Notably, as part of this acquisition, SMG is also acquiring the property rights for Blog Potomac driving those of us who are looking for community events free of Public Relations batty, and not in a Christian Bale sort of way.

Geoff will become the Executive Vice President, Americas for SMG and continue to run operations out of Washington D.C.

As a past frequent traveller, I can make recommendations for hotels in the Toronto area. I’m presuming, Geoff, you’ll be making many trips.

BlogPotomac Registration Open

BlogPotomac is coming to Northern Virginia on June 13th and now registration is open. I will be there live blogging the event for District of Corruption and the price is reasonable for the speakers you’re getting. Lionel Menchaca from Direct2Dell, Dell’s social media outlet, will be keynoting and other known names (and friends of mine) are Frank Gruber from AOL and POP! PR Jots. You might miss Jeremy, if you didn’t know he was there, because he’s, like, 3′ tall. :-)

At any rate, this event is shaping up to be pretty good. It is focused around marketing and social media so it will attract those types, I believe. It’s a nice supplement to the social media community that is already here. I would like to see a major destination event similar to Gnomedex in the Greater Washington area though. This is not it, but it still looks very good.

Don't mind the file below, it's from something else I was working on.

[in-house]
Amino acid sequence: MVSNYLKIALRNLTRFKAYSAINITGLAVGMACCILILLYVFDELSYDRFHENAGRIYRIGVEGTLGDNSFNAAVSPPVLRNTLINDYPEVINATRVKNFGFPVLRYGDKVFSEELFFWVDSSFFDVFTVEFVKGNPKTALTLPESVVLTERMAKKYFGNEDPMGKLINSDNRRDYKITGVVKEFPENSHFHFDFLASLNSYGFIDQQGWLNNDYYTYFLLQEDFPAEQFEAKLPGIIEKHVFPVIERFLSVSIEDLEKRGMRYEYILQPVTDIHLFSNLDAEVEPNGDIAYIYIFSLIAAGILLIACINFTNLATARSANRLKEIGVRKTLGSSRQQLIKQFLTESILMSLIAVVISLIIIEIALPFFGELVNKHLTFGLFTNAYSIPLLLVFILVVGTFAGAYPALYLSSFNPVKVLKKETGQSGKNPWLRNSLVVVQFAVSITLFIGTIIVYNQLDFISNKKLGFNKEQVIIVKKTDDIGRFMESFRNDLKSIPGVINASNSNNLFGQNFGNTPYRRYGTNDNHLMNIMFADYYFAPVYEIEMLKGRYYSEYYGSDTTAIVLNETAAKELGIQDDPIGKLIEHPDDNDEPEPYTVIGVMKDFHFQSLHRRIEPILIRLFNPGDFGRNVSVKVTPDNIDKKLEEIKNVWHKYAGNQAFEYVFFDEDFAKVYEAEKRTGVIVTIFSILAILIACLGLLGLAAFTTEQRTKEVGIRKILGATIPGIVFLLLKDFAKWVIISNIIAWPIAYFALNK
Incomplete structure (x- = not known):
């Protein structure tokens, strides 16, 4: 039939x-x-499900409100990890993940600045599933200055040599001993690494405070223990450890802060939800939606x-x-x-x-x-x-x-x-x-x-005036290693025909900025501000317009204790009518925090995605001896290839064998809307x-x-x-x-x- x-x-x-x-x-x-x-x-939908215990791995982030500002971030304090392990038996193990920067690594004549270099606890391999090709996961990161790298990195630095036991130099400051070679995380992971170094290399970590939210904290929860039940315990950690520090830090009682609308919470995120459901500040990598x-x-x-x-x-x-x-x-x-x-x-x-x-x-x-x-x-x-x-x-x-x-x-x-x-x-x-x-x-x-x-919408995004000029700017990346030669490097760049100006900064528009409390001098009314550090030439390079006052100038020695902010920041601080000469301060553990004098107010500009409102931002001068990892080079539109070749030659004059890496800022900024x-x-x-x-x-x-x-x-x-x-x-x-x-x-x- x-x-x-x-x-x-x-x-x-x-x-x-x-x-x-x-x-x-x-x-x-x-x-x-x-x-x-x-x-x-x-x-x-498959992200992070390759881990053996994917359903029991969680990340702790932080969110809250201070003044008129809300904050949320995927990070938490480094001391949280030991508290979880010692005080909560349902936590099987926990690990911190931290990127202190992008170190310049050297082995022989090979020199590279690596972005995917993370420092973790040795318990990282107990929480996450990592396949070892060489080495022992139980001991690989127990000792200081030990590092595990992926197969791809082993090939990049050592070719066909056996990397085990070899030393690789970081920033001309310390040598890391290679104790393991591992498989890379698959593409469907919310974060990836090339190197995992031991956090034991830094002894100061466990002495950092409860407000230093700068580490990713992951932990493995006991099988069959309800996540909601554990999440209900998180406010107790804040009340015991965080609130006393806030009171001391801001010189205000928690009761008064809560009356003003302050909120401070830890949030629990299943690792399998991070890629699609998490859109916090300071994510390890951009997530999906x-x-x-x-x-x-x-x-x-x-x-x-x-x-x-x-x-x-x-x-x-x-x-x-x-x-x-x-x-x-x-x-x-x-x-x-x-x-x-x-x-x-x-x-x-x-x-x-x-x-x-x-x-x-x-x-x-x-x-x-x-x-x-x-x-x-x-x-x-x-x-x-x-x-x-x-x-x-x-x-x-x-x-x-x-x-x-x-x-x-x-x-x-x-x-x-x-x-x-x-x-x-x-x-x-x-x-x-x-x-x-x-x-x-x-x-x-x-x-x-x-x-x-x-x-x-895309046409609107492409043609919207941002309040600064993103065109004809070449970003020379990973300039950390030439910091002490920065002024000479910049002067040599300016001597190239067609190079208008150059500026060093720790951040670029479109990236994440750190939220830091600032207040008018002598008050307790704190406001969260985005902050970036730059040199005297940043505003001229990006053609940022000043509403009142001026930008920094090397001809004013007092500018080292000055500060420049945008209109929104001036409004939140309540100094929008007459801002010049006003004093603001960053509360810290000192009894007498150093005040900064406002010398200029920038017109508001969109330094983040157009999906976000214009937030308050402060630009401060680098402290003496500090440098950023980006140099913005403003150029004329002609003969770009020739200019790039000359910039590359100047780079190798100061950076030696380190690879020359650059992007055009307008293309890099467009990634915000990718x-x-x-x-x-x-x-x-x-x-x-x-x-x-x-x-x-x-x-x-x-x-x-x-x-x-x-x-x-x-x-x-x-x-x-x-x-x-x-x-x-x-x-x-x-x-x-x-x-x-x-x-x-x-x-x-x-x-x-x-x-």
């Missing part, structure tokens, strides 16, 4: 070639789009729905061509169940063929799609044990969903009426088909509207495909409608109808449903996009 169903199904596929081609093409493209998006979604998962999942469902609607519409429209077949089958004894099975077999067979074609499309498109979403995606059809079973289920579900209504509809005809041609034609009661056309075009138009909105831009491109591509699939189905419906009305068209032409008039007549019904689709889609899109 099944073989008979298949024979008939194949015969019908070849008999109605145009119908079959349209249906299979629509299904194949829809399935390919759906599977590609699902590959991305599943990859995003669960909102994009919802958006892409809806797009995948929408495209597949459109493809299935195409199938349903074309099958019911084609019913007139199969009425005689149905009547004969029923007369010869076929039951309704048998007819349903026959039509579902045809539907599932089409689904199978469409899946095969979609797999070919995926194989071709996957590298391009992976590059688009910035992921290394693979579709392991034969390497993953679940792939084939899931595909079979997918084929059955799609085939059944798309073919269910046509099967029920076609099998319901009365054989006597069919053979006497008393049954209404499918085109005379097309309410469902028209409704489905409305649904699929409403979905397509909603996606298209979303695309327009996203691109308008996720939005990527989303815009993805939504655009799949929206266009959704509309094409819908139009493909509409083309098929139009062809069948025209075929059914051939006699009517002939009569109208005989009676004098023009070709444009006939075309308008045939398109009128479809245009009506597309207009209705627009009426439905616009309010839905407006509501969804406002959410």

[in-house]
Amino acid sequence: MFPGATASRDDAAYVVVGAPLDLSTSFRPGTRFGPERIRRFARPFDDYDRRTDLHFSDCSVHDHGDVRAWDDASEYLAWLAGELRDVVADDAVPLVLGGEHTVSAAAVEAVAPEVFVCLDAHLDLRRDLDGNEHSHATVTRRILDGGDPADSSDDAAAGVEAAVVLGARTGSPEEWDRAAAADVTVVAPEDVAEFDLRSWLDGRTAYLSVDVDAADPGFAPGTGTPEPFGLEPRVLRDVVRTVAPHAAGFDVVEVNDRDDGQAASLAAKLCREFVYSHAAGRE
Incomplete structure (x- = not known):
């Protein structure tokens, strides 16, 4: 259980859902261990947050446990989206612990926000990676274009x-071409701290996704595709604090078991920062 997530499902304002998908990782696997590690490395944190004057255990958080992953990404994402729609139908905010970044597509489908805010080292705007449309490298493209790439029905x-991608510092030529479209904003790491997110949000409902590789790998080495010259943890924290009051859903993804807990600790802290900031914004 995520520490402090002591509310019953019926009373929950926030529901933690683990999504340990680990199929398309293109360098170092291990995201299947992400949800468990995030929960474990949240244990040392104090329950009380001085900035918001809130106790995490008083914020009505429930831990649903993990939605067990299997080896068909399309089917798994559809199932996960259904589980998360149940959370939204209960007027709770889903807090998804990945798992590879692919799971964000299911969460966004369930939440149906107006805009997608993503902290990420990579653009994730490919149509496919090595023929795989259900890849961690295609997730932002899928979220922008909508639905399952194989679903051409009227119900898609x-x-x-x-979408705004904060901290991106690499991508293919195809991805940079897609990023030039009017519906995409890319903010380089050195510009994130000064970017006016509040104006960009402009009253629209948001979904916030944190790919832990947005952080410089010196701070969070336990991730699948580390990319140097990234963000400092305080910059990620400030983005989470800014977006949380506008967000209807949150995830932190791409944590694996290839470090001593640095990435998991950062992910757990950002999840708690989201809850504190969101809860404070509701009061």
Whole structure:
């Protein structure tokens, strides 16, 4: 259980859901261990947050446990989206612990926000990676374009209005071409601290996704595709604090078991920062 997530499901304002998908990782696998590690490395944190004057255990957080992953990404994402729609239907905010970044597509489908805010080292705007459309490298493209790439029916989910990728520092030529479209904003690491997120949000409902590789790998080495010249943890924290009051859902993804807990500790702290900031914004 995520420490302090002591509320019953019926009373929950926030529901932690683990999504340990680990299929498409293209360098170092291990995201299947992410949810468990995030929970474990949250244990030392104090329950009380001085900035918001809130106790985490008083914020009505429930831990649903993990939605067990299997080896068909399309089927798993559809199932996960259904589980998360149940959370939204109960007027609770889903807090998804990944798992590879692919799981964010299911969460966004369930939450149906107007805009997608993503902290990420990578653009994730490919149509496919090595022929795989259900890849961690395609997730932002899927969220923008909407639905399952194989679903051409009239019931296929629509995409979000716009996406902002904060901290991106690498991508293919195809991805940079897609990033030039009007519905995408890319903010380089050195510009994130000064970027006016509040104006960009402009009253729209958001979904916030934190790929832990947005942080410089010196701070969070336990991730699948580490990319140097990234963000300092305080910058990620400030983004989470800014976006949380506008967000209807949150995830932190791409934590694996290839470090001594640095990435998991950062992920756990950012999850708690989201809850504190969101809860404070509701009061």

District of Corruption

Hey everyone, I want to invite you to listen in (and take part with your phone calls, emails, etc) tomorrow and every Tuesday at 4pm EST. Geoff Livingston and I are hosting a live show on Blog Talk Radio called “District of Corruption”. Yes, we are going to be irreverently looking at social media and where it’s crossing over into Washington area life. Obviously, we’ll probably send our share of barbs over to the other coast as well.

It’s a 30 minute live show every Tuesday at 4pm EST and we’ll be taking calls at (646) 378-1677. Indulge us. :)

Now is Gone is Here

Good friend of mine and sometimes-columnist here at Technosailor, Geoff Livingston, is celebrating the launch of Now is Gone, the book he’s been working on for quite some time (it also has a blog associated with it as any good new media book does). Now is Gone is described as a “Primer on New Media for Executives and Entrepreneurs” based on his own knowledge and experience running a social media-oriented PR firm.

So, Geoff is a friend of mine but I told him I’d give him an honest review of this book, and honest review I will do. Overall, the book is brilliant. I’m glad this is not “yet another book on blogging”. It doesn’t provide a how to. It doesn’t provide options for choosing your platform or describe how to subscribe to RSS.

It’s obvious that this book was written mostly for executives. This is not a bad thing as Executives are the ones steering companies and the reality is that if companies don’t embrace social media, they will be left behind. It is presented in a very philosophical way, describing the challenges that companies face today when it comes to the social media landscape, brand management and public relations. The simple message is, “Hey guys, you need to get what is going on today and you need to do it fast because Now is Gone”.